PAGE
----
Whether that challenge of integration, of contact, of modernization, of convergence, is managed well or managed poorly, will shape the world in which we all live. And if we learned anything on September 11th, it is that we cannot be sure that the only question is how much progress there will be. There is the prospect of regress, as well as progress; there is no certainty that the progress of knowledge will translate into a better world everywhere. And there is the prospect that our increasing success and the frustrations it engenders will be sources of conflict, rather than sources of convergence.
These are issues that will require us to address globalization at every level. Whether it is making sure that more of our students have the opportunity to study abroad, to be in developing countries, and experience and see cultures very different from our own — or whether it is the research that is done at Harvard about these challenges by looking to history, by looking to the impacts of technology, by looking to explore these interactions in every way, whether environmental, economic, political, or anything else.
And I would also suggest that Harvard will be able to use its unique convening power to help address some of these questions. You know, I was overwhelmed during the time that I was at the Treasury by the fact that I would travel all over the world and I would meet the deputy finance minister of this country or the foreign minister of that country, and half the time his reaction would be, “Well, it’s nice you’re here from the U.S. Treasury Department, Mr. Summers, but you were a professor at Harvard, weren’t you?” And I’d say, “Yes, I was.” And then the person would say, in 1977 I spent a year as a fellow at Harvard University and it was the most important year of my life, because of what I learned, the connections I made, the experience that I had.
We have had a staggering influence that we do not even know that we have had. The network of people who have been through our campus and have become leaders around the world is something that I could not have conceived of when I was a professor here, and would not have believed if I had not met these people through my travels. We will need to make sure that we do a better job in the future staying in touch with those people, in a way that we have not before.
Recognizing the challenge of interdependence and making our contribution to it, that is, I think, the first thing we learn from these events.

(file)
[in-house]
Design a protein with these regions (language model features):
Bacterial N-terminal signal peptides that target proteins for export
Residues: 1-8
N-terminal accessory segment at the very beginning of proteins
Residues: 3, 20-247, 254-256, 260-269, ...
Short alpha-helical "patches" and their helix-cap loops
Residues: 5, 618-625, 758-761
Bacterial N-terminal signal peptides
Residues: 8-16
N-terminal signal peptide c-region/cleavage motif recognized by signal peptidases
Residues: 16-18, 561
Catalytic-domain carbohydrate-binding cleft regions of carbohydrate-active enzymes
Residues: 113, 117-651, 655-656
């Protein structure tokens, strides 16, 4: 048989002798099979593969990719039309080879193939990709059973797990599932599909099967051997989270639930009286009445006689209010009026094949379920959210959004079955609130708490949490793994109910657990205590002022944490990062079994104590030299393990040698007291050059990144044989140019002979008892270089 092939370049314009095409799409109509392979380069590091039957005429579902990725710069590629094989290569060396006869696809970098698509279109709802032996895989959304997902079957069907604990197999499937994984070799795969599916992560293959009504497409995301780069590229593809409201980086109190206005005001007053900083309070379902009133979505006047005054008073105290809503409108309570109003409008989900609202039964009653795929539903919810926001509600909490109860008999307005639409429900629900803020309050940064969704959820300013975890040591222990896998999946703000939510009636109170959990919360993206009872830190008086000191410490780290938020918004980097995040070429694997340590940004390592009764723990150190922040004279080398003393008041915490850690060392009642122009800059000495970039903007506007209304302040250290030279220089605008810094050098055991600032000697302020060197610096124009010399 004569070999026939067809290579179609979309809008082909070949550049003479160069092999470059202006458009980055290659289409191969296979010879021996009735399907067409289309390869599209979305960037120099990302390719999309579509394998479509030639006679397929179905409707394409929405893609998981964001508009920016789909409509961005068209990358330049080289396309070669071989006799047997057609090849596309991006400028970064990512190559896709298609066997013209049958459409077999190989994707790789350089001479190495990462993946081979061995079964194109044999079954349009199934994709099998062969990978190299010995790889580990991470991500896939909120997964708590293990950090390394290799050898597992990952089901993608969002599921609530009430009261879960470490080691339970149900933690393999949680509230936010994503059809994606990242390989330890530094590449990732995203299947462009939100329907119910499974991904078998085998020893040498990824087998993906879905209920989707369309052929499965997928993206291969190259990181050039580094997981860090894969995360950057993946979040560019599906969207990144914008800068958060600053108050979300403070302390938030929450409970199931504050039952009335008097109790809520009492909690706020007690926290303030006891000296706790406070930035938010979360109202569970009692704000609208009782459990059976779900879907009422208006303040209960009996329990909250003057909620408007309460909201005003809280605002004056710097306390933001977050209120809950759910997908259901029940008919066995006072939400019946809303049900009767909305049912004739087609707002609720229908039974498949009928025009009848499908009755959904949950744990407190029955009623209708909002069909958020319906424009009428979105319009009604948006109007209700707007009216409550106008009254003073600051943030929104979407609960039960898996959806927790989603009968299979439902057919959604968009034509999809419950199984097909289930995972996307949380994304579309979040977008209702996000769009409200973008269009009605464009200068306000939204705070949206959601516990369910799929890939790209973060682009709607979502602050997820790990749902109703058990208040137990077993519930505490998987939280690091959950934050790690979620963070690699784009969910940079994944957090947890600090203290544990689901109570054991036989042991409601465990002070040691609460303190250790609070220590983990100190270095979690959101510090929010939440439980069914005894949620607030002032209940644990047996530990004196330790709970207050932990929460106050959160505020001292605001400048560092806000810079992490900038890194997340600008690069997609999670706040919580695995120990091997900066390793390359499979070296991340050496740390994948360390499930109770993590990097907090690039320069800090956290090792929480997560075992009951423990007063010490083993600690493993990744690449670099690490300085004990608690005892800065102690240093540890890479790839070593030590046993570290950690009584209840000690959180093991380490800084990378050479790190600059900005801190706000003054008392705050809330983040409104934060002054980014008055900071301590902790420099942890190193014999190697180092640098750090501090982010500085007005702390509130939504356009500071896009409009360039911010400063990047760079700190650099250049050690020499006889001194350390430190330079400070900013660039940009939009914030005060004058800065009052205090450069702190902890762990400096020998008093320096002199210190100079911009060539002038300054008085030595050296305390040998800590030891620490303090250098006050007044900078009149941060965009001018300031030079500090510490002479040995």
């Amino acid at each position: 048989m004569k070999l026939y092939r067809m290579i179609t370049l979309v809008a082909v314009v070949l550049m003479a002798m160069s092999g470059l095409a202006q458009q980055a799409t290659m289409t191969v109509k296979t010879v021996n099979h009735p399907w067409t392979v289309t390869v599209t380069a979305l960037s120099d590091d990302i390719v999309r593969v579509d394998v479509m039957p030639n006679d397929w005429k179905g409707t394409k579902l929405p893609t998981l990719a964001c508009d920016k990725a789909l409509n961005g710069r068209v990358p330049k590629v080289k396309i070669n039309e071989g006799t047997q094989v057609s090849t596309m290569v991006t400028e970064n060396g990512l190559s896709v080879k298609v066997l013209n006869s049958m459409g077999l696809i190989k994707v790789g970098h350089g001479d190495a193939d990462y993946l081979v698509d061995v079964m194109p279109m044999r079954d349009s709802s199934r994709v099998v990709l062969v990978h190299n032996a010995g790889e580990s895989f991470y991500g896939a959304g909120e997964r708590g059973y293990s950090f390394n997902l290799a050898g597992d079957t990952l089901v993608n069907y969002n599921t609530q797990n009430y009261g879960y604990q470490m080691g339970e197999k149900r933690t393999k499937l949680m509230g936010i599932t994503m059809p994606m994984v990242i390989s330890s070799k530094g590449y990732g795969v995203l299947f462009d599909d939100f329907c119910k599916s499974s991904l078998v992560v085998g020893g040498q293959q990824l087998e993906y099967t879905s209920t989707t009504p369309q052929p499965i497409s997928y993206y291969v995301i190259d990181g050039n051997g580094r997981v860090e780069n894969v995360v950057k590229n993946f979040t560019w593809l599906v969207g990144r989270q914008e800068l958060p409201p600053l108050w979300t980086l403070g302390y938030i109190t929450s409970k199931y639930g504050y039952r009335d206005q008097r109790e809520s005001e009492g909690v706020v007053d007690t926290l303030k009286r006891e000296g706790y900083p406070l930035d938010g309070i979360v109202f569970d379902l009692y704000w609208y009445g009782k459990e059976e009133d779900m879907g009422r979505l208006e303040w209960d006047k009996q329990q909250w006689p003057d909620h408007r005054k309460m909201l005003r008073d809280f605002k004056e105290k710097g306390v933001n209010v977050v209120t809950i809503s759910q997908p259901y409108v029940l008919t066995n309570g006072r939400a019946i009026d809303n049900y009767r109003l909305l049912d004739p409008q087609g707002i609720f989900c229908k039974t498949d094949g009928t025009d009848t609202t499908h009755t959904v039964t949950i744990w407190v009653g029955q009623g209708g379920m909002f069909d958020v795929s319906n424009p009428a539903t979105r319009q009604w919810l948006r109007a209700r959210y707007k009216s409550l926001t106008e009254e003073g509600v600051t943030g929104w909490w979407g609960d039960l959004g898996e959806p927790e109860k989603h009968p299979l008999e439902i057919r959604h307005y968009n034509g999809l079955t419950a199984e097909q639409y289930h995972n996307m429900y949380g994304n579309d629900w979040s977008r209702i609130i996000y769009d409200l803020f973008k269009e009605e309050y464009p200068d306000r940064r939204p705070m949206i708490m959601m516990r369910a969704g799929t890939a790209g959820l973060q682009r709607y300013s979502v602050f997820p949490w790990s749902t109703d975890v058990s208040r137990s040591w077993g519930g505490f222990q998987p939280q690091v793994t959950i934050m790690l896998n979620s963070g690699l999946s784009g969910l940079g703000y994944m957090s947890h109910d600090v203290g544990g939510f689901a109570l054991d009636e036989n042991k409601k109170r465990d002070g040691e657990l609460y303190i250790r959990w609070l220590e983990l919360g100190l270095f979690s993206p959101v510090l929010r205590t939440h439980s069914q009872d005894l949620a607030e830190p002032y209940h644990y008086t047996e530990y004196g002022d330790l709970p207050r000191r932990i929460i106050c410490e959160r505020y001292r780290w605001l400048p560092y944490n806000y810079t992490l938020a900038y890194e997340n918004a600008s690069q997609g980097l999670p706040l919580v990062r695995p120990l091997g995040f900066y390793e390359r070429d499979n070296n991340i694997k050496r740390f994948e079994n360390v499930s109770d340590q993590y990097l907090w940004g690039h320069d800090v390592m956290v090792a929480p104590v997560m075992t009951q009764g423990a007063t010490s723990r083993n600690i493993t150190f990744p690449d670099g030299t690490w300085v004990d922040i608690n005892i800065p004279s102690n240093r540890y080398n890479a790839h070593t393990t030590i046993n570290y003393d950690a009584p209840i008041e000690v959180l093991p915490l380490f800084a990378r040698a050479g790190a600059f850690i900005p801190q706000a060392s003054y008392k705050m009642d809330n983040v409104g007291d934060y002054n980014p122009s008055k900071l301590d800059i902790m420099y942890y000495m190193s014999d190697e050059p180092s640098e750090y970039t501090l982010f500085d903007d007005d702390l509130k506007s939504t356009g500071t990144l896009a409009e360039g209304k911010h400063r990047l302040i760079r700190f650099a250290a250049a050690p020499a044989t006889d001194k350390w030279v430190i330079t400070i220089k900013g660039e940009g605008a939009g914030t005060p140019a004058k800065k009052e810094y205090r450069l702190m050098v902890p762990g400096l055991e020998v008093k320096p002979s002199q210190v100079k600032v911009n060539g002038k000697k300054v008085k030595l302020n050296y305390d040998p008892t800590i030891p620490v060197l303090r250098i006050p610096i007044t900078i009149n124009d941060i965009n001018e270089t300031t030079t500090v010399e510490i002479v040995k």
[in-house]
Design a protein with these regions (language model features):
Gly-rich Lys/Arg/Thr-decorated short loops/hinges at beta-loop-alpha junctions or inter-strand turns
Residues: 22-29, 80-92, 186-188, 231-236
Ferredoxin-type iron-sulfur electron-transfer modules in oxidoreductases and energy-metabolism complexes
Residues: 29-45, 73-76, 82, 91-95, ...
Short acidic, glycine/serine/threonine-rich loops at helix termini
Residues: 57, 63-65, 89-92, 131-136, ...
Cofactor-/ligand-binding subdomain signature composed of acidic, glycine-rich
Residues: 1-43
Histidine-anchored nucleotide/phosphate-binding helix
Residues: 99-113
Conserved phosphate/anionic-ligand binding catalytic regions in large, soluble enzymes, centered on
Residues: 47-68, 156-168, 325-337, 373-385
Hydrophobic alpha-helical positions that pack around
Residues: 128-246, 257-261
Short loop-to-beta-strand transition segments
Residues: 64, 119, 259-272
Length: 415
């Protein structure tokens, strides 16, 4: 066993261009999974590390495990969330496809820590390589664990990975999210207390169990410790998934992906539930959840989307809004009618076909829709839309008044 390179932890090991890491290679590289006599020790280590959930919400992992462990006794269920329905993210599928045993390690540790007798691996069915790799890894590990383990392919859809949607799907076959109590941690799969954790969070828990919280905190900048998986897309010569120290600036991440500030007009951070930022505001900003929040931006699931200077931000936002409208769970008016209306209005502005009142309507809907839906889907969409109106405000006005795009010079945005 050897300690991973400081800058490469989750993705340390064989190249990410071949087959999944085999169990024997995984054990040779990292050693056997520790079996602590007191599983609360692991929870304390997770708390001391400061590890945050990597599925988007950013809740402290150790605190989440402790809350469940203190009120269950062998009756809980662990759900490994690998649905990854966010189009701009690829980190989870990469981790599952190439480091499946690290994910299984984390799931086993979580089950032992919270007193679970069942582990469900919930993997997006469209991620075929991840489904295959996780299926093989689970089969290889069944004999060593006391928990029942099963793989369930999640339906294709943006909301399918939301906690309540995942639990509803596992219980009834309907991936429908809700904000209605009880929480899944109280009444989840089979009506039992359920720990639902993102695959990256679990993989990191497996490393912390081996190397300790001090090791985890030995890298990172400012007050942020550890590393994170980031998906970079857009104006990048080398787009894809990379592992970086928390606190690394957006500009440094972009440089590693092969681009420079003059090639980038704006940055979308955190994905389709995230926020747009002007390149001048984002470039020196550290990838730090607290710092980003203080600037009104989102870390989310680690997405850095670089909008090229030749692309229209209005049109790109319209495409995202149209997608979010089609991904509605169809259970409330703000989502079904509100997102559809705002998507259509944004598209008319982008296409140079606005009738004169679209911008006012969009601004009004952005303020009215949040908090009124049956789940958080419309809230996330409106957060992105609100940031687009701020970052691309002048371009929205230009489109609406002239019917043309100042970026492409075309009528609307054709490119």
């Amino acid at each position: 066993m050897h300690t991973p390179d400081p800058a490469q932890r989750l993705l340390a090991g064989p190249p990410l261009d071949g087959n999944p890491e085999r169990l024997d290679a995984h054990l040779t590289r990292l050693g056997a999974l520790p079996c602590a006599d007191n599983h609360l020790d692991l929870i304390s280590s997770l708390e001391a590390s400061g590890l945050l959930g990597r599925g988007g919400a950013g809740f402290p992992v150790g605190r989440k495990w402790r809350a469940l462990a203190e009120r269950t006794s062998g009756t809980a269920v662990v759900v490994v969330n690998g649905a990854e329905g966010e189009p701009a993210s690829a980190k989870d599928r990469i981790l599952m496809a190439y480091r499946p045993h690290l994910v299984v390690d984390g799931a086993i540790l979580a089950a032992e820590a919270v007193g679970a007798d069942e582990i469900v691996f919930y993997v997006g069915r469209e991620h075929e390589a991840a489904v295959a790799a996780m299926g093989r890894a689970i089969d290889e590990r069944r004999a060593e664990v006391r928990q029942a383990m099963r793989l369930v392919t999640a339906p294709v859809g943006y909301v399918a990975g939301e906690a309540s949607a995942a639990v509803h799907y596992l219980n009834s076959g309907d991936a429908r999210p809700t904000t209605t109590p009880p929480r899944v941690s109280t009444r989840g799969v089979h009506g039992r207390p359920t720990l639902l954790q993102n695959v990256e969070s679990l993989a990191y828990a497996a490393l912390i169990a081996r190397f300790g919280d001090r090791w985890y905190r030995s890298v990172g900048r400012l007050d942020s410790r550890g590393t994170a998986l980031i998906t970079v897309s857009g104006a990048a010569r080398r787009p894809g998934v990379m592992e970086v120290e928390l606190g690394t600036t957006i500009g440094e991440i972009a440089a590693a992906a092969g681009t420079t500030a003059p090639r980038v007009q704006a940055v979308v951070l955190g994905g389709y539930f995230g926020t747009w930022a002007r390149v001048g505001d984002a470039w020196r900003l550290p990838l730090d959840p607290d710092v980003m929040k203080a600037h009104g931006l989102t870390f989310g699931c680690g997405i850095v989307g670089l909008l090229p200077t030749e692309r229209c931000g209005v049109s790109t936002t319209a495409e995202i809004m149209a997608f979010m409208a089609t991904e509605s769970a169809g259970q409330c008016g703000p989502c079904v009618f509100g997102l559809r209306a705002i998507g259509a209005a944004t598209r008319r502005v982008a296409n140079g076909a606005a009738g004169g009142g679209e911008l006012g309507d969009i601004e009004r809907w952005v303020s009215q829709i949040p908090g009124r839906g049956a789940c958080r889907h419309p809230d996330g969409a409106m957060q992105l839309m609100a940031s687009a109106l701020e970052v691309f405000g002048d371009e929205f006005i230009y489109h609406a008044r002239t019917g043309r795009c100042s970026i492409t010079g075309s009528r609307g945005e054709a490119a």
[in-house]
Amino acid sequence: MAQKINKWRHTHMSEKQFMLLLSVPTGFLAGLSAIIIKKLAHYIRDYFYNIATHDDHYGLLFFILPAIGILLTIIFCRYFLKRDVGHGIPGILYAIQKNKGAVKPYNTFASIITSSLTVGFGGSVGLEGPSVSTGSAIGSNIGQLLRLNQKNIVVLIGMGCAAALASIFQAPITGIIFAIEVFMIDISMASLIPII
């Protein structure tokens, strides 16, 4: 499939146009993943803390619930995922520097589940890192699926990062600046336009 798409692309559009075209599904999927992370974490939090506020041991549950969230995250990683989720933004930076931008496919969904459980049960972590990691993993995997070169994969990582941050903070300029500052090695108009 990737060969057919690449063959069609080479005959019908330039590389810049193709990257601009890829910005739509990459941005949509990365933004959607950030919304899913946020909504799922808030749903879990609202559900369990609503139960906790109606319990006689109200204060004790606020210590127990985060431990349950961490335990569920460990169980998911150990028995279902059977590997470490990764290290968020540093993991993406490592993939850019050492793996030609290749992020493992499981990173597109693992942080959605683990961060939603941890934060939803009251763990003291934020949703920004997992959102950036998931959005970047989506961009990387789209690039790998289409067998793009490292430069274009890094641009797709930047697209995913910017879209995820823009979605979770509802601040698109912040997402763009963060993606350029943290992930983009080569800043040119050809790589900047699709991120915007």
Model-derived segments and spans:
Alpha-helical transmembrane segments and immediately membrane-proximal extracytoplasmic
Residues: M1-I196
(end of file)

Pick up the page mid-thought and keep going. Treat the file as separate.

The second thing that I think we are reminded of is how essential it is to be part of things that are larger than ourselves. Many of the things that preoccupied so many of us, so much of the time, before September 11th, now seem much smaller. Two generations of students, actually, now, have lived in a very different world, after Vietnam. There has been a reduction in idealism, a skepticism about government and authority, a tendency to look out for one’s self. What idealistic energy there is has been channeled into direct pursuits, rather than broad social pursuits or through government service.
This has had its strengths and its weaknesses, but it is surely a consequence of the Vietnam and Watergate periods of disillusionment. Now, when, for the first time in 50 years, our country is engaged in a struggle with very little moral ambiguity, one can already see that changing, through the increased respect our students are showing for those in the armed forces; through the increased interest in pursuing careers in government and seeking training for careers in government; and through the greater respect that is shown, at all levels, as more and more students seek to find ways of serving the larger society.
This type of moment does not come often. And one of our crucial challenges will be to take advantage of the opportunity that lies behind this tragedy. It will be to try to provide every opportunity to awaken the idealism in our students and to encourage and to call them to serve the broader society in whatever way they may choose.
There is another deep resonance in what has happened, I believe, and it is this. You know, soon after September 11th, students asked me, “Does it matter if I go to field hockey practice? Does it matter if I do my calculus problem set? With planes crashing into buildings, with our society at risk, why do these tasks matter? What should I do?” And I thought that question deserved an answer. And I took the occasion to speak at Memorial Church, several weeks after the tragic events, and to try to answer the question.
And what I said was that, to allow ourselves to be diverted from the good and constructive work in which we are engaged would be to hand a victory to those who perpetrated this evil deed; that, most fundamentally, this was not a struggle between civilizations, this was not a struggle between the United States and other groups. This was a struggle between destruction and construction, between nihilism and hope, between fear and possibility.
When students carried on what they were proud of, when they learned and prepared themselves for careers contributing to society, they were doing what was most important for them to do at this crucial moment. And that is why, as important as I believed the work of the University — teaching, studying, thinking — was when I took on the presidency of Harvard on July 1st, after everything that has happened, I believe that work is far, far more important today. And I would say to you that the help and support of the people in this room, who have enabled us to do our work, to strengthen our community, to be as Harvard always has been, better in the future than it was in the past, your help is more important than it ever has been before. Thank you very much.